by Hannah Brown, Europe Blogger jaBlog!
It’s week three of NaNoWriMo. You’re about 12 chapters into your novel, and you can feel yourself lagging a bit. The work is getting dull, you’re tired, homework is piling up, the weather’s abominable, and the thought of sitting down and writing for an hour makes you want to tear your hair out.
First thing’s first: you are not alone. When you’re struggling with the word count, it’s easy to think that you’re the only one who is suffering, especially when you’re browsing the forums and see people who have already got 100,000 words. Look at bit closer at the forums: there are people who have the same, or around the same, word count as you do. Other people are desperately trying to keep their novels alive and character’s entertained, but it’s a challenging task.
It’s discouraging to think about authors like Hemingway or Conan Doyle who just wrote day after day after day without fail. They were professionals, right?
They were writers. And the great thing about writers is that if you’ve harnessed your literary dragon, well, anyone can become one. All you need are some helpful tips and a little bit of practice. Remember: every single writer in the world was young once, and every single writer once nearly gave up.
But the difference between a published author and someone with half a dozen unfinished books on their computer is one thing: the published author didn’t stop.
Here are six tips for writing when you don’t want to write:
#1. Add something that makes you smile. Adding something new to your novel gives your imagination and your novel a boost. It could offer a new obstacle and give the novel a completely new turn. Adding something fresh will keep you more entertained as well, and you’ll look forward to writing instead of settling on the same old thing.
#2. Music. Make a playlist for your novel. Even when you’re not writing, you can listen to it and it might inspire new ideas.
#3. Time yourself. Timing yourself creates pressure, which most people find easier to write under. If you don’t, perhaps this tip isn’t for you. When you set your timer (say, for 20 minutes) stop when the timer goes off. Finish your sentence, even if you’re half way through a great scene. When you’ve had a break and you come back to it, you’ll be raring to go.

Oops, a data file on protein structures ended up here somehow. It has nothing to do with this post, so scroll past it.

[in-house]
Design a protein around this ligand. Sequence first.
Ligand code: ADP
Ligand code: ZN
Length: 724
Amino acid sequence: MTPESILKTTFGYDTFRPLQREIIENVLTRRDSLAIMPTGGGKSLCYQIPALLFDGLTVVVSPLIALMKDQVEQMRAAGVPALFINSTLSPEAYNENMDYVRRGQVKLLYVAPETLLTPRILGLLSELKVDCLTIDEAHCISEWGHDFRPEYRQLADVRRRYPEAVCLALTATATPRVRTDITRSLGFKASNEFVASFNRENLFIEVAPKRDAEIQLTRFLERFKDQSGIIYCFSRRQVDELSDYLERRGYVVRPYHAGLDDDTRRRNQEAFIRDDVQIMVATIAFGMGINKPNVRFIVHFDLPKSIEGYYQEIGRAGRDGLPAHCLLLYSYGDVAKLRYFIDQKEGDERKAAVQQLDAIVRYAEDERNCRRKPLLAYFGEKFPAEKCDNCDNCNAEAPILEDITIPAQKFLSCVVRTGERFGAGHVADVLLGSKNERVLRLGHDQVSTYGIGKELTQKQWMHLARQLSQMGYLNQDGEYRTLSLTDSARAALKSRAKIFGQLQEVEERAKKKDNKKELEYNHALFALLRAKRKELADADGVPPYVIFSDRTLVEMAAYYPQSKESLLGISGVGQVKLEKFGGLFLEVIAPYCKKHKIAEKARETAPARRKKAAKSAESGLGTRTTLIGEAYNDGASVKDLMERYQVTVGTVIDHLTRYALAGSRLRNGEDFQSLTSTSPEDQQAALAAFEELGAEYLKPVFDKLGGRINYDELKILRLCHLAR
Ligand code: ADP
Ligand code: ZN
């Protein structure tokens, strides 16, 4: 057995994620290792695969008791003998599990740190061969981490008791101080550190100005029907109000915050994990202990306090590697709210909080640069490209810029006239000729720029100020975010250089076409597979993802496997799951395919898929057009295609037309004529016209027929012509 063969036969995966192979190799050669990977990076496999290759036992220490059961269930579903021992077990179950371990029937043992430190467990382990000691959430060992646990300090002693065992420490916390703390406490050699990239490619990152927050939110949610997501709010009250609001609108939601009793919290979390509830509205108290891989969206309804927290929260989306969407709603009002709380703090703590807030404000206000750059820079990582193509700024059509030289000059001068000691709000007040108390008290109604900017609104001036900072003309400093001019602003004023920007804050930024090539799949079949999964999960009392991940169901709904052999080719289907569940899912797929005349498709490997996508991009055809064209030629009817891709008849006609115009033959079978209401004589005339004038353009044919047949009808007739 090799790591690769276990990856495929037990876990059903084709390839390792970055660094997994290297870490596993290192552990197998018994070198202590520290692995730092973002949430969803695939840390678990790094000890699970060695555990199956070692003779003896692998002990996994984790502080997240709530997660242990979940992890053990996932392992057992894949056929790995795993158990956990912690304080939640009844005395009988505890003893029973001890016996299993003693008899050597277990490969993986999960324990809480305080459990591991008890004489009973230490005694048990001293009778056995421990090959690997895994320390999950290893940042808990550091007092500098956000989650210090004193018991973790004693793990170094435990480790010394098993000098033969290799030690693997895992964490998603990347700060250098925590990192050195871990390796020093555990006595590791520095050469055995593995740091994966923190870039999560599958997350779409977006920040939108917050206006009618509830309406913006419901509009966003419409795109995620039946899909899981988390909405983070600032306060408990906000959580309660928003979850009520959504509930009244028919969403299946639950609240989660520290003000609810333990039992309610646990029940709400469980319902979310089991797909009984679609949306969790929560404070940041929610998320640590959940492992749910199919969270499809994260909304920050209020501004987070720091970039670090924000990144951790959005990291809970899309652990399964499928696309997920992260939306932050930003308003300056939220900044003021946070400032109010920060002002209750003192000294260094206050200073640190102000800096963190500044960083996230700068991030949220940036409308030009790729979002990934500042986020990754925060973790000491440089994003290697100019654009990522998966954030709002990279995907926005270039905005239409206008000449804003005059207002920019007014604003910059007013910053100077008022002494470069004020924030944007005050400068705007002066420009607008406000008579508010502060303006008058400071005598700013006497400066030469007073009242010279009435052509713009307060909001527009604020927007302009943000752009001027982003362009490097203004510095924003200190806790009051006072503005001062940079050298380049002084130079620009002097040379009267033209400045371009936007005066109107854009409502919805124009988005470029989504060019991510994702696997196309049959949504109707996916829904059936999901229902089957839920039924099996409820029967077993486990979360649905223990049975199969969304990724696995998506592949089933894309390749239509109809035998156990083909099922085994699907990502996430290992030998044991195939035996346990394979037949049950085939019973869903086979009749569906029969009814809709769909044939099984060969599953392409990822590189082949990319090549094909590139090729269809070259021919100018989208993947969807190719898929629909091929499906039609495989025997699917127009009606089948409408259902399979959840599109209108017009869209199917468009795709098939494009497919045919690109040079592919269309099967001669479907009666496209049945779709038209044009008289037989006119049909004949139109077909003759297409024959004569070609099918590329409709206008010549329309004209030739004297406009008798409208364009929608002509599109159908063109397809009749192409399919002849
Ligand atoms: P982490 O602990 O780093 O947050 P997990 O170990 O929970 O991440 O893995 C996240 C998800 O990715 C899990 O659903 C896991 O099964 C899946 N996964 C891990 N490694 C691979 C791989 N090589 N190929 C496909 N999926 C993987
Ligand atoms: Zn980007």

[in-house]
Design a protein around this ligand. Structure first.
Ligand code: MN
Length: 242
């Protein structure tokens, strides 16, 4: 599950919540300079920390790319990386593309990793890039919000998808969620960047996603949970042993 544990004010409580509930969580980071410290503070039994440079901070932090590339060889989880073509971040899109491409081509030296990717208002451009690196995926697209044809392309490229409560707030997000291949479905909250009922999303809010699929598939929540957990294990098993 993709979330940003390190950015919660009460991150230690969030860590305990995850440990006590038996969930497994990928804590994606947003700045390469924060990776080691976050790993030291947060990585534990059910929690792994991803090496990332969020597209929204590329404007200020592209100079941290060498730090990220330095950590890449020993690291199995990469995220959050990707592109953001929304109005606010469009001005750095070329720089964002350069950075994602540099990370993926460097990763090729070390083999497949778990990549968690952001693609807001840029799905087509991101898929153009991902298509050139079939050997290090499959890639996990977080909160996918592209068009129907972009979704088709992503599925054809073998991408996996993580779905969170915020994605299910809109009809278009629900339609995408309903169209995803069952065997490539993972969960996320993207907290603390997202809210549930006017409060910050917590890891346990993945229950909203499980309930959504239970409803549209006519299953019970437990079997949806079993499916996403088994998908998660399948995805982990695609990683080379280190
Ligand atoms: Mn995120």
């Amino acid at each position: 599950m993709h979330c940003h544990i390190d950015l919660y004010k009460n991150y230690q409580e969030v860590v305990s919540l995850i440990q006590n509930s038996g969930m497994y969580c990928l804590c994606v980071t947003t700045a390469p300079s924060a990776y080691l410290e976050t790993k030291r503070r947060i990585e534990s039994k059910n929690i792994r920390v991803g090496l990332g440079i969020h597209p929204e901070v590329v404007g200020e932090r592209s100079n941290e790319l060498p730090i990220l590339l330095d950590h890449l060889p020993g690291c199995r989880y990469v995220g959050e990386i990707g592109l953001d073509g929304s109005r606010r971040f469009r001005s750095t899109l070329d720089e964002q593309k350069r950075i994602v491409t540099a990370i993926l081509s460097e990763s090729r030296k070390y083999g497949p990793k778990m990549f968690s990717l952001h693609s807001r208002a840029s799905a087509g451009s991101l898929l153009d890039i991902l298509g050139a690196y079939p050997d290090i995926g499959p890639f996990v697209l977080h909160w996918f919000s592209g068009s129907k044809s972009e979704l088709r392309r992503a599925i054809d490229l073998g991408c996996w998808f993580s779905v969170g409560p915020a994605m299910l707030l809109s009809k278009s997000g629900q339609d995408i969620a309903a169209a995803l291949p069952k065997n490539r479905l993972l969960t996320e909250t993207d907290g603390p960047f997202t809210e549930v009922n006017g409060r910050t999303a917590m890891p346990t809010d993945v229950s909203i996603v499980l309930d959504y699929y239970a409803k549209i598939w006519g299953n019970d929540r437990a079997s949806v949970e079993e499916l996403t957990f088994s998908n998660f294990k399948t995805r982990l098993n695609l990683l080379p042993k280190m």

#4. Warm up before you start. Laura recently did a challenge of writing for 2 minutes without any clear idea of where you’re going. It’s a great idea; not only does it warm up your brain, but it warms up your hands!
#5. Have an end goal. Having an end goal means that you can have something worthwhile to work towards. It doesn’t have to be writing related. It could be something like a trip to the cinema, a take away, reading that new book, going to the local coffee shop with your best mate. Make it something that you really want, otherwise you won’t want to work towards it.
#6. Get people to make you write. When all else fails, get someone behind prodding you with a big stick when your fingers stop moving. Seriously though, having some moral support can really keep your enthusiasm up and those words coming.
If the project really isn’t working for you, abandon it; there’s no point in trying to write something that just isn’t there. But, you’ve started this project: you must have cared about it at some point. Why did you stop caring? Your characters need you, they need their story to be told.
Writing isn’t meant to be a chore. It’s meant to be fun. And sometimes you just need to be reminded of the fun to keep doing what you’re good at. Good luck and let us know how you did!
When you are finished NaNoWriMo, consider applying for the NaNoWriMo Polly Prize sponsored by LTC.